Winning Life’s Challenges

Have you ever watched the Jerry Springer Show?  The few times I have seen the show in a doctor’s office or hospital room, it has given me a pretty good idea of how that program operates. They bring people onto the show with really messed up lives who have made a lot of mistakes. And then they have a spouse or a family member who is innocent, and they have no idea what their spouse has been doing behind their back. And they get onto Jerry Springer’s show, and this innocent person gets this bomb dropped on them. We are locked in on this poor person asking ourselves, “What are they going to do about this shocking revelation?”

We have the same thing happen right here in our Bible. A man is about to be married. But then he gets the bomb dropped onto him: his fiancée is pregnant. And we are left staring at Joseph as if we are in the audience of the Jerry Springer show asking ourselves, “what is Joseph going to do about this?”

How do we win life’s challenges?

  • When Wronged Leave Revenge to God

 19 Joseph, her fiancé, was a good man and did not want to disgrace her publicly, so he decided to break the engagement quietly. Matthew 1:19

 And what happens between him and his pregnant fiancée really gives us the best insight into what Joseph was like. And this is where we can see like the bible says Joseph “was a good man.” I don’t think we could fault Joseph for jumping to the wrong conclusion regarding Mary’s pregnancy. I mean, in every other pregnancy in human history, there is always a man involved. And Joseph knew that it wasn’t him…so the only possible conclusion was that Mary had been unfaithful to him. Put yourself in his shoes for a second, and imagine how hurt, how disappointed he was. Many would have sought some sort of revenge for being wounded so deeply. And by Jewish law, Joseph would have had the right to really run Mary’s name through the mud. Mary could have been branded as a loose woman with no morals. And had Joseph really wanted to push the issue, she could have been put to death for her alleged adultery. You might recall the story of the woman caught in adultery a few years later who was brought to Jesus, and many in the crowd wanted to stone her for his sin. But here we see in Joseph’s heart FORGIVENESS…KINDNESS to someone who really didn’t appear to deserve any. Joseph wanted to make things as easy as possible for the wife he was divorcing. He wasn’t going to make a public example of her. He would swallow his pride and give up the urge to exact revenge. It was going to be a quiet divorce.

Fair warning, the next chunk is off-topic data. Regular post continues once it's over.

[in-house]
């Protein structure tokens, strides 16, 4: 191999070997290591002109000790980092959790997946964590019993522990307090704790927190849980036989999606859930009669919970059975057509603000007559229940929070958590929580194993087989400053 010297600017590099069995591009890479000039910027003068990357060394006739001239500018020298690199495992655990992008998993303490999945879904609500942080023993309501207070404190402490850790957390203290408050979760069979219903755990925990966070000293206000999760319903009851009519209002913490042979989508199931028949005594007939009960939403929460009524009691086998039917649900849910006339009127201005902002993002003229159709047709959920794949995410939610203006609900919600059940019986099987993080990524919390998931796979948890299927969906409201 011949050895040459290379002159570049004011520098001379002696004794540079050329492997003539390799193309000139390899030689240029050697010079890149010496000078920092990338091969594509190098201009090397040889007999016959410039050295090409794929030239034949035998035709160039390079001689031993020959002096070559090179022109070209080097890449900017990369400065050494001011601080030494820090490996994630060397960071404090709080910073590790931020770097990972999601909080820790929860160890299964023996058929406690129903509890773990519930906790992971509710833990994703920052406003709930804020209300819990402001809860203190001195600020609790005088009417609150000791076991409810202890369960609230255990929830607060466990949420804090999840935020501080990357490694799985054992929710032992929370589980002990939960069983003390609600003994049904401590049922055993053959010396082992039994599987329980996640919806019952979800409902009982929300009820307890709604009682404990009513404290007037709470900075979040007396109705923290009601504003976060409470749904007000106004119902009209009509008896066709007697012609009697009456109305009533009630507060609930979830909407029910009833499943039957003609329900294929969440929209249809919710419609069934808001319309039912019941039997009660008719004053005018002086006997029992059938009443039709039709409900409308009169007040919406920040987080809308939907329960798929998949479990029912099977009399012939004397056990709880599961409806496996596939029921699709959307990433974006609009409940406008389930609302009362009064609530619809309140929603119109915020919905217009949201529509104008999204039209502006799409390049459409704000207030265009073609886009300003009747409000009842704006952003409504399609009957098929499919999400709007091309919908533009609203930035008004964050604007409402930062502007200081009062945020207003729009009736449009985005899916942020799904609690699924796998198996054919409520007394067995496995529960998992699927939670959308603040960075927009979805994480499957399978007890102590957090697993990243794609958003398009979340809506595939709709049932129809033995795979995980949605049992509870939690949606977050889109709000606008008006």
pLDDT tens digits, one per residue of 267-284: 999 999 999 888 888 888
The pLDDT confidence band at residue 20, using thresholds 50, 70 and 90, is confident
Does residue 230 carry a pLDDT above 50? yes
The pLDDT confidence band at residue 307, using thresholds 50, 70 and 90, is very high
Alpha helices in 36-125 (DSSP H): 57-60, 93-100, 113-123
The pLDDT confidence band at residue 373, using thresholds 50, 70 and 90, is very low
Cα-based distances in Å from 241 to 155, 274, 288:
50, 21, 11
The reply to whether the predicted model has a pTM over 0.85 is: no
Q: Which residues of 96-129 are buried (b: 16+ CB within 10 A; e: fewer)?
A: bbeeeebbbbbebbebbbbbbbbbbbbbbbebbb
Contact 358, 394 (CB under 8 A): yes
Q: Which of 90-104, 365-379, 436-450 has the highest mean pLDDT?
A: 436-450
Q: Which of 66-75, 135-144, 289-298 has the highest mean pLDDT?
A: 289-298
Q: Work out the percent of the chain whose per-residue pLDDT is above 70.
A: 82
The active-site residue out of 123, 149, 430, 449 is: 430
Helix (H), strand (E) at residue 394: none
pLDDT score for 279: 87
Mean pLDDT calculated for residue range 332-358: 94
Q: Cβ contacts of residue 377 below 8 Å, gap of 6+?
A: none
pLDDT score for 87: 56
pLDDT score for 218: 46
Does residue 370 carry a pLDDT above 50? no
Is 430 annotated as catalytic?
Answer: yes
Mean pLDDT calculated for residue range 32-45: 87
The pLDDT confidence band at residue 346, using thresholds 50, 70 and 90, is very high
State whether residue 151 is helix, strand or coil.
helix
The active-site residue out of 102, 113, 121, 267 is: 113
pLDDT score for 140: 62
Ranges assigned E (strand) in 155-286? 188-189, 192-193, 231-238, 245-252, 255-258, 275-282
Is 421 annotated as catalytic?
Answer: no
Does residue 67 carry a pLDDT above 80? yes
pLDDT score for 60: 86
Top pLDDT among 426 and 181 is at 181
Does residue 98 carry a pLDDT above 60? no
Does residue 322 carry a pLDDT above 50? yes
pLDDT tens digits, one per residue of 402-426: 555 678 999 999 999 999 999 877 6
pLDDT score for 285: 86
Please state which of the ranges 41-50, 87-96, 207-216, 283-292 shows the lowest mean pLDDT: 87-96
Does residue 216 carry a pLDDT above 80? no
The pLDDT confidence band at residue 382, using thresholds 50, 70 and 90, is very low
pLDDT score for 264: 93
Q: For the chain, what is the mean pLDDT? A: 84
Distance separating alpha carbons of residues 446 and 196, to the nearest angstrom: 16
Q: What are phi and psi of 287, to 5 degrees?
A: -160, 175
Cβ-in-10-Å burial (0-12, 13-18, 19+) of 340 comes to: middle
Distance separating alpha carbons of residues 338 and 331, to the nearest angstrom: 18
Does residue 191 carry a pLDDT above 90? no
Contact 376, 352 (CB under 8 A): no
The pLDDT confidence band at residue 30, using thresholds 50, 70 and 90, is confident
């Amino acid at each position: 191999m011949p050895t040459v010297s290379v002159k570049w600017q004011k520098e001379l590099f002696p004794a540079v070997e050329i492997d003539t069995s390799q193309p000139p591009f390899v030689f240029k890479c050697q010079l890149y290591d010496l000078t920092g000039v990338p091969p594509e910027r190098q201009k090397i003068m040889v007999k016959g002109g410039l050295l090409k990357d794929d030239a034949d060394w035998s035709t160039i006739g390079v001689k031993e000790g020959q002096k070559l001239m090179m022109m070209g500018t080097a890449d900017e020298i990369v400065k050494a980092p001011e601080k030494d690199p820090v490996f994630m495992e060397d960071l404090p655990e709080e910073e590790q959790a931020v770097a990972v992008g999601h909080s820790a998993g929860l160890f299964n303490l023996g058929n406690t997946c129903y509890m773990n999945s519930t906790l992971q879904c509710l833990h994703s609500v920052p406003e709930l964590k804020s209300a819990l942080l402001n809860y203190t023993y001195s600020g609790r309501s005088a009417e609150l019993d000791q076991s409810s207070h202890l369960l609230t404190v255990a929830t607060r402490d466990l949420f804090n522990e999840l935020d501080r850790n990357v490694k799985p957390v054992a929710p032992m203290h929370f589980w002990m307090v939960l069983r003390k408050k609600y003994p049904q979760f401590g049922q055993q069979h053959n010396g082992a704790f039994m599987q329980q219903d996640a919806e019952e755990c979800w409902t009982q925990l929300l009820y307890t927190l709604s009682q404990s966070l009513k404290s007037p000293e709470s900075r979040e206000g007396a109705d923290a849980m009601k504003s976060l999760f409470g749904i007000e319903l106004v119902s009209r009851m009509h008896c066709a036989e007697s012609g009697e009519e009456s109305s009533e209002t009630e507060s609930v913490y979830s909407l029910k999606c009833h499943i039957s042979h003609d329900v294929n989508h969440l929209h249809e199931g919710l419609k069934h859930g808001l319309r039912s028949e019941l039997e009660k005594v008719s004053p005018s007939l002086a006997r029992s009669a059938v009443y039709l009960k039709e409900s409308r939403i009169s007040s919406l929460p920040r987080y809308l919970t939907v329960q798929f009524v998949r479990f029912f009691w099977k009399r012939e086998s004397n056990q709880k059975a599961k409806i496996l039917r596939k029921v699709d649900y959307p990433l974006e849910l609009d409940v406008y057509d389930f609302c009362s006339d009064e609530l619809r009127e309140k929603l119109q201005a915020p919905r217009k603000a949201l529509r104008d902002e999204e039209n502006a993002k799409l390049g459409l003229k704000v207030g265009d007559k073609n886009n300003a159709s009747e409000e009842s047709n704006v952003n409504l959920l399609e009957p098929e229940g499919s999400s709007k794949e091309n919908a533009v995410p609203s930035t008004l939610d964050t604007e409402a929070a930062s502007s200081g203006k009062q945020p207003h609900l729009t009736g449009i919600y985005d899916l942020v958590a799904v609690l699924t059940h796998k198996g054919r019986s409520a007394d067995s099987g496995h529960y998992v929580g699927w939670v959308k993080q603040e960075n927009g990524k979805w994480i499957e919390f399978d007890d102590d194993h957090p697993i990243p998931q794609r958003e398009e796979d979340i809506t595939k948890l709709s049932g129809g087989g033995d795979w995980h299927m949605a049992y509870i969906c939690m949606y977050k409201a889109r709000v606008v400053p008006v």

How would the Bible describe you? It would be nice to be called a “good” person like Joseph, and yet often we human beings don’t act much like him, do we? It is just our sinful human nature to want to get back at someone who hurts us. We learn that early on at the playground: if Tommy hits me, I’m going to hit him back. On Jerry Springer, when that innocent person is confronted with their spouse’s infidelity, often they are stunned and begin to try to get back at them. The verbal assault begins, profanity spews, hurtful words fly, fists, chairs, and microphones fly too.  When someone at work says nasty things about you behind your back, the natural reaction is to get back at them.  We think that revenge is the natural course for us.

And if the story ended there, that would be an amazing enough lesson for today. But of course God knew something that Joseph didn’t know: that Mary hadn’t cheated on him, and that he was to receive about the greatest honor ever bestowed on a mere mortal. Joseph would be the guardian of the Godchild. Joseph would protect God.

How do we win life’s challenges?

  • Follow God’s Direction

 20 As he considered this, an angel of the Lord appeared to him in a dream. “Joseph, son of David,” the angel said, “do not be afraid to take Mary as your wife. For the child within her was conceived by the Holy Spirit. Matthew 1:20

24 When Joseph woke up, he did as the angel of the Lord commanded and took Mary as his wife. Matthew 1:24

 I like Joseph. Joseph isn’t flashy. He doesn’t have any recorded words. He’s an ordinary guy who’s just doing his best to live a life faithful to his God and his family.

Because most of us are more likely to find ourselves quietly leading a donkey over an uncertain path, wondering what the future might hold, than standing on a ridge, preaching to the multitudes. Most of us spend our lives as peripheral characters in the Gospel narrative. Most of us aren’t flashy. Most of us are just ordinary people doing our best to live lives that honor Christ, faithful to our God and our families.

Here are two truths I have learned about God’s Direction in our lives:

  1. God’s leading and direction in our lives is often unexpected. We have our plans and then God comes and gives us different direction.

Joseph was preparing for a future of settling down with Mary to raise children while continuing his carpentry trade in his hometown. He expected his leisure time to be rearranged. He expected his social calendar to be different. He expected to worry a little more when business was slow. He expected to know new joys when his sons someday read Torah before the congregation and his daughters someday gave him grandchildren.

Joseph did not expect to be having dreams full of messages from God Almighty. He did not expect to raise a boy that he did not father. He did not expect to be traipsing around the countryside on the run from Herod’s soldiers.

Joseph did not expect to be responsible for the religious training and upbringing of the Son of God and Redeemer of creation.

Sometimes the future you think you are preparing for is not what the Lord has in mind for you.

2. God’s direction may be scary and uncertain but when you follow God’s direction it works out.

Before Mary turned up pregnant, Joseph had every reason to be confident about his anticipated future. He was a skilled craftsman, known in his community for his righteousness, which certainly included honesty and respectability. He knew the responsibilities ahead of him. They might not always be easy, but they were well defined, and the community was structured to support him as he carried out his duties as husband and father.